“I am a dangerous criminal, my friend,” Roster told him with a twinkle in his brown eye that was both amused and mischievous. “Now, if you would be so kind.”
Giles swallowed hard and the tip of Roster’s blade moved slightly on his throat. “Very well,” he spat and slowly reached into his pocket and drew out his gold pocket watch, placing it in the hat Roster held out to him.
“Come now, you have more than that,” Roster chided, pressing the sword tip harder.
Giles haughtily relinquished all he had on him of any worth, his pocket watch, what money he had in his pocket and his rings.
“I’ll get those back one day, thief,” he spat, his face reddening with anger.
“Oh, thief is a term almost medieval, we are called the romantic highwaymen now days,” Roster told him with a dashing smile as he went to his next victim. He was amused to see Richard with the quirt mark on his cheek and laughed at him.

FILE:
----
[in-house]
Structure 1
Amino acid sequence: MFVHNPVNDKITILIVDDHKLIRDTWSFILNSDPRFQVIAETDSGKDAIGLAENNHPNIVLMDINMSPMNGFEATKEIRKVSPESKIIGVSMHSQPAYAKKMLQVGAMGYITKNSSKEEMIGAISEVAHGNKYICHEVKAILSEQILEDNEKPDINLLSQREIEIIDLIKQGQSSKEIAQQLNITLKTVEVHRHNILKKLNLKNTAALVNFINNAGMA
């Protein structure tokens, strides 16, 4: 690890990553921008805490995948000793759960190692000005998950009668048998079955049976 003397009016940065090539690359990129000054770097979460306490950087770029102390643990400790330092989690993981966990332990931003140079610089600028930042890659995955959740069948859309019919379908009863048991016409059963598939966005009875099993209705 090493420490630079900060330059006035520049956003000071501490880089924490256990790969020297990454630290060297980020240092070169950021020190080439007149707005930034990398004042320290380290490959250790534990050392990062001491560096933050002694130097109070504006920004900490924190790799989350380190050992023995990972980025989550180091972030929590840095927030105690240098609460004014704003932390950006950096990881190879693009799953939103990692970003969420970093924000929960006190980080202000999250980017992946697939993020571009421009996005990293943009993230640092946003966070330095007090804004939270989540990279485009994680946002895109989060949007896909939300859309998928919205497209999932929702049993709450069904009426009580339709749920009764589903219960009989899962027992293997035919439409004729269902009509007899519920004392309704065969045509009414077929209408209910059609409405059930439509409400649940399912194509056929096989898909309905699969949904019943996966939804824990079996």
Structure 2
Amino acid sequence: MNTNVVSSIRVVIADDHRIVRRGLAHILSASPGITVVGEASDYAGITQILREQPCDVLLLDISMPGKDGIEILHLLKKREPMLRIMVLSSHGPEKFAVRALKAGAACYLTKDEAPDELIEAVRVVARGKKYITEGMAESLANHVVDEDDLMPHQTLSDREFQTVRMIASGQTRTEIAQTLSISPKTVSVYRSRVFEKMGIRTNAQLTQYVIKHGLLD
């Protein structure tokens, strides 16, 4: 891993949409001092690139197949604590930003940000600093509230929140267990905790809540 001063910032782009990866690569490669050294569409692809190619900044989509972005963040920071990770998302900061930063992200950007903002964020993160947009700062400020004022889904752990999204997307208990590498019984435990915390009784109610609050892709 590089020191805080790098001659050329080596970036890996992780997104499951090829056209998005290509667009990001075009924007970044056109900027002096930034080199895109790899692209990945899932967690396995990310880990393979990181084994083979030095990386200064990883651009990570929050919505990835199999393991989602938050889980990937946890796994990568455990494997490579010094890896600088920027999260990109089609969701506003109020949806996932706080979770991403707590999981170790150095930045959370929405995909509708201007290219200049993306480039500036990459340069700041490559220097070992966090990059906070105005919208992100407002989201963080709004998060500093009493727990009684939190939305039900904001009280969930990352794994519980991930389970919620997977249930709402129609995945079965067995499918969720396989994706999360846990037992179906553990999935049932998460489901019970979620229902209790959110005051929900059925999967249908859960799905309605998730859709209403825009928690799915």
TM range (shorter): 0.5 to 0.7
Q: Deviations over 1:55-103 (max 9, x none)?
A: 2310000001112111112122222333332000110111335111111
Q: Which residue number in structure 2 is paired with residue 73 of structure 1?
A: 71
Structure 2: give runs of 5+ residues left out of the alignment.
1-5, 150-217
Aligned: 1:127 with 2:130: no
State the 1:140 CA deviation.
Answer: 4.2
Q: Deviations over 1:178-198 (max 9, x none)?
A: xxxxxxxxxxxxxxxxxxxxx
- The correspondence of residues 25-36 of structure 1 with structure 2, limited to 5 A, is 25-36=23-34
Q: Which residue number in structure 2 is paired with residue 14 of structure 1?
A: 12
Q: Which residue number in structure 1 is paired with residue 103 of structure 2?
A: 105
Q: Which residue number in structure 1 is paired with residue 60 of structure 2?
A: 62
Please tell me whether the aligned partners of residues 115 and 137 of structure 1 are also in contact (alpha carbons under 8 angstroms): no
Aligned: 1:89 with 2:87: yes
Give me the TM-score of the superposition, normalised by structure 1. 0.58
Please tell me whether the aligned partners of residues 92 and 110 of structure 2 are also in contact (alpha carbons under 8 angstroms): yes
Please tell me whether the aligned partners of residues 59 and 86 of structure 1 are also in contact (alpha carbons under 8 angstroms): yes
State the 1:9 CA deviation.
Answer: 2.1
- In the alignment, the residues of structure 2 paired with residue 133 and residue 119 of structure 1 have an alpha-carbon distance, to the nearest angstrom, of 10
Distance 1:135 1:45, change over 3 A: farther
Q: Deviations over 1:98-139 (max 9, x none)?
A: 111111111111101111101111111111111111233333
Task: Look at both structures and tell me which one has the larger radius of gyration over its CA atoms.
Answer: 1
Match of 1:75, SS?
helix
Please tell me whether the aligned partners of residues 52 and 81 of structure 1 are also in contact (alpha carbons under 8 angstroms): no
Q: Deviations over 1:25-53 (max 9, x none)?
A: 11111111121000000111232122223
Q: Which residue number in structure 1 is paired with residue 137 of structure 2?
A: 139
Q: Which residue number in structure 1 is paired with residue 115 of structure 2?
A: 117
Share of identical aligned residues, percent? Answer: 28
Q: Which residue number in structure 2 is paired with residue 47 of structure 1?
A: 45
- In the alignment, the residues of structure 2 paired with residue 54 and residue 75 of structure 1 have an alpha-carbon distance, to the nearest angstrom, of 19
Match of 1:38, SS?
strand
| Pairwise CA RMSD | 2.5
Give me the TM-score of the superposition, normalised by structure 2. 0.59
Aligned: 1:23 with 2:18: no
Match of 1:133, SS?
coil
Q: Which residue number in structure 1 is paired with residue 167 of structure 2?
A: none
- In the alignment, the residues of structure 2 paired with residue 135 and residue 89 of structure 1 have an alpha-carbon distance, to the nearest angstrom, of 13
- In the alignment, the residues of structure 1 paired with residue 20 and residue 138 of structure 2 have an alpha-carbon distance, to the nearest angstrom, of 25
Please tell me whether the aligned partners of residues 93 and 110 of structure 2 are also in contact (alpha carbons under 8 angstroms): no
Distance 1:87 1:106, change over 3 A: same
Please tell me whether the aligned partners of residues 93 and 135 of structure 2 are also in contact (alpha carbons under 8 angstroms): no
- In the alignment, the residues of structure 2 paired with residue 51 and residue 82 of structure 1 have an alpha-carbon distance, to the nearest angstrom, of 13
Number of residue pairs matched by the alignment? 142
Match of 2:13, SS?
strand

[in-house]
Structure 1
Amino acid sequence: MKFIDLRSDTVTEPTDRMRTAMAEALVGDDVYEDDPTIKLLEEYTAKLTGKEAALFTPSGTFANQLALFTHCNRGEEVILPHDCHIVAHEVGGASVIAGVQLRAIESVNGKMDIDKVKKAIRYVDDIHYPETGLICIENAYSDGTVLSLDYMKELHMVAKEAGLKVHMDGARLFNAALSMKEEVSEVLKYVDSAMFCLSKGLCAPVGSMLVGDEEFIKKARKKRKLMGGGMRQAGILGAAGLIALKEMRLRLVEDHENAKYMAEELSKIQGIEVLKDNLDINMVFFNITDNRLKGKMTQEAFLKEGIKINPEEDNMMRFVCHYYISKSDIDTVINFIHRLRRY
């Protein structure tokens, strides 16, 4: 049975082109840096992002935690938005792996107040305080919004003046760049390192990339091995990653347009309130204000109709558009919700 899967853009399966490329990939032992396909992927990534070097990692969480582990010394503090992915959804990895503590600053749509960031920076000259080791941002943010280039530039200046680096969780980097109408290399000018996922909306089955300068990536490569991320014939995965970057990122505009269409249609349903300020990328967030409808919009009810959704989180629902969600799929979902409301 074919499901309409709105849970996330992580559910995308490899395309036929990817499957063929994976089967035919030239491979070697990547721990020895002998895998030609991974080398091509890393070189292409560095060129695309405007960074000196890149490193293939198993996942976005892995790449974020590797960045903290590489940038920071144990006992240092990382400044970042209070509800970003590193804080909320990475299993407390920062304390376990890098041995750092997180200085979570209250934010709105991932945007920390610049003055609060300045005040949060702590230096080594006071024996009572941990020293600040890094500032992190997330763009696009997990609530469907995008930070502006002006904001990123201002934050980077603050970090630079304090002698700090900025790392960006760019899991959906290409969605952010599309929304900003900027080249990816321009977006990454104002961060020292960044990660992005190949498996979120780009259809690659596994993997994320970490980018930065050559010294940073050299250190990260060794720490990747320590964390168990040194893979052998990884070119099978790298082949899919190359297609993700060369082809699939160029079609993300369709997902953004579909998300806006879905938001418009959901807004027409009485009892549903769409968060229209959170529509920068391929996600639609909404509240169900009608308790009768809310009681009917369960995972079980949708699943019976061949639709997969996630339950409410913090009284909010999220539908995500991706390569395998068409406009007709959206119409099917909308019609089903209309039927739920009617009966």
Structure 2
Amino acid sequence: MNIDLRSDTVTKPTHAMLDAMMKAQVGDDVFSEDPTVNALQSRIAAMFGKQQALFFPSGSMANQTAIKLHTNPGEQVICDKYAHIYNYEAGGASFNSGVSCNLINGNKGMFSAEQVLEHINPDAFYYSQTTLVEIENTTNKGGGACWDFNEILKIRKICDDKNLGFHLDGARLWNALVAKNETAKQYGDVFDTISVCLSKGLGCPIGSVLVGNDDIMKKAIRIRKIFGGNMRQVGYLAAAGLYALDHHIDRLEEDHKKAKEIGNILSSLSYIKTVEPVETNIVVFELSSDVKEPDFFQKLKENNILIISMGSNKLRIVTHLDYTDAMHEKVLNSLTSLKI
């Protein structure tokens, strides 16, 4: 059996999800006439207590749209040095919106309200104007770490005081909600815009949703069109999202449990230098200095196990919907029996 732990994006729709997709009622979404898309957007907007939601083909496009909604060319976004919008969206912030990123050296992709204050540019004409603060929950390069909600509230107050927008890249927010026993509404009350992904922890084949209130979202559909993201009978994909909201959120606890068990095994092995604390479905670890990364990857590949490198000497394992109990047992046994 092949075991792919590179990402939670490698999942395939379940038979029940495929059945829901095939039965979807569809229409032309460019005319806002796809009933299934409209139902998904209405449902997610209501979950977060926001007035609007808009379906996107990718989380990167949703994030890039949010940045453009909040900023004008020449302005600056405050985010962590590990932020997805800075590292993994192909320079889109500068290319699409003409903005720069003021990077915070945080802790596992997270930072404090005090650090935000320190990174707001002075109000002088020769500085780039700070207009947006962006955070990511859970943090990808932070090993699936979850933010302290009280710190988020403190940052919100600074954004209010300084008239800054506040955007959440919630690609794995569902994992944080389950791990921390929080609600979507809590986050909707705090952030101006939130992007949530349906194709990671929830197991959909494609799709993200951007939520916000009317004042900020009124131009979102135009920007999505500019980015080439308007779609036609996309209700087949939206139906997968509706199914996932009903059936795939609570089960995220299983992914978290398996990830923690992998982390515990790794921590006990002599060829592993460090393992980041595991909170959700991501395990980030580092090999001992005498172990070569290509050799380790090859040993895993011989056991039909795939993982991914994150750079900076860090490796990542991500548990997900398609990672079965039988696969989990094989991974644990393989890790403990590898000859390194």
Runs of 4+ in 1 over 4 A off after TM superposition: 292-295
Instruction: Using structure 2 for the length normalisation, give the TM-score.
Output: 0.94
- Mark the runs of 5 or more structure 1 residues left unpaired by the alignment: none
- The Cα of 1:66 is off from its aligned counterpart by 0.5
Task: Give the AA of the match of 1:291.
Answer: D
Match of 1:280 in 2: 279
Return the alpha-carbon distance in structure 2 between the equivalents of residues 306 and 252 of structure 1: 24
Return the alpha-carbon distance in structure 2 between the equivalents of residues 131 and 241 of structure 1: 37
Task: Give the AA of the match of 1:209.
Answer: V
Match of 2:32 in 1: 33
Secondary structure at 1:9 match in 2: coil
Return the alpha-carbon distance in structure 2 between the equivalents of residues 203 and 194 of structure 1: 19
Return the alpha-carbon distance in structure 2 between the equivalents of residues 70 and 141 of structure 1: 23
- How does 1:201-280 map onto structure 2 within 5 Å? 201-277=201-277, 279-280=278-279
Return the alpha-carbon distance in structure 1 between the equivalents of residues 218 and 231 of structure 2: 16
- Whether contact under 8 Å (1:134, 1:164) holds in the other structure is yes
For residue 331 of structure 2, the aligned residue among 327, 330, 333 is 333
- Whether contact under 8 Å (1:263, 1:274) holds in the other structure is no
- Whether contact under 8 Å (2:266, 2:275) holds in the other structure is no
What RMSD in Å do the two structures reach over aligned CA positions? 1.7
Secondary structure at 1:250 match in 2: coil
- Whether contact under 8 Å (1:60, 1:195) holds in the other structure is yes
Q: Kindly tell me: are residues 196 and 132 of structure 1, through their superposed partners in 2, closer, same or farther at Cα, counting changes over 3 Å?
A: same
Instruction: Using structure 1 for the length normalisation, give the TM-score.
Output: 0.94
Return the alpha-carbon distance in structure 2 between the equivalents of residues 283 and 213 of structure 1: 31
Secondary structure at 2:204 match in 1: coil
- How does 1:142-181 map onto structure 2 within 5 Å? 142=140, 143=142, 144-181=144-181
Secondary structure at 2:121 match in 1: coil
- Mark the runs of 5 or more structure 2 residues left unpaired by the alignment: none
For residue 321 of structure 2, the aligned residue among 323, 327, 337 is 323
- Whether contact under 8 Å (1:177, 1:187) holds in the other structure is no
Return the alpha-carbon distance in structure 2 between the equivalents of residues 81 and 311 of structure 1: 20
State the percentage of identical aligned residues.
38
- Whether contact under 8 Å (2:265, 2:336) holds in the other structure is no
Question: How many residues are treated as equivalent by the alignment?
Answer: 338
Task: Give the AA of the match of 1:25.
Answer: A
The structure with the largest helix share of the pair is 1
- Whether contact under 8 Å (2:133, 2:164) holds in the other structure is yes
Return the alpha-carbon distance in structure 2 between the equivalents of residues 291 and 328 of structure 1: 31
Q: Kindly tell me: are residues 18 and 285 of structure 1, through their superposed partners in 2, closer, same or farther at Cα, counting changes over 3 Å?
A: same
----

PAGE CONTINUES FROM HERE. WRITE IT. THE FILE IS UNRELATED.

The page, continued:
“Have a brush with a brach this morning, man? Or was it the good lady’s quirt?”
“How dare you!” Richard spat at him raising his hand as if to slap Roster across the face, but the highwayman took his wrist and twisted painfully.
“That’s not a good idea,” he told him coldly. “Now hand over the valuables.”
“Who do you think you are to make so bold anyway!” Richard asked coldly as he angrily threw his belongings into Roster’s hat.
“Ah yes, I did not introduce myself because I thought that surely you would know me as the notorious highwayman, Shotbolt.” He said with a dashing grin and bowed again. “At your service.”
“I’ve never heard of you,” Giles told him haughtily.
“Never?!” Roster sputtered, stopping mid-bow. “Well who the deuce have you heard about then?”
“The Emerald Sword,” Giles said, looking meaningfully into the highwayman’s eyes. “Tell me, is it true that he is that traitor Allen’s son?”
Roster shrugged. “I do not betray my own with names, my friend,” he said and turned around, not giving Giles another chance to ask a question. He turned to Sylvia then and nodded his head to her.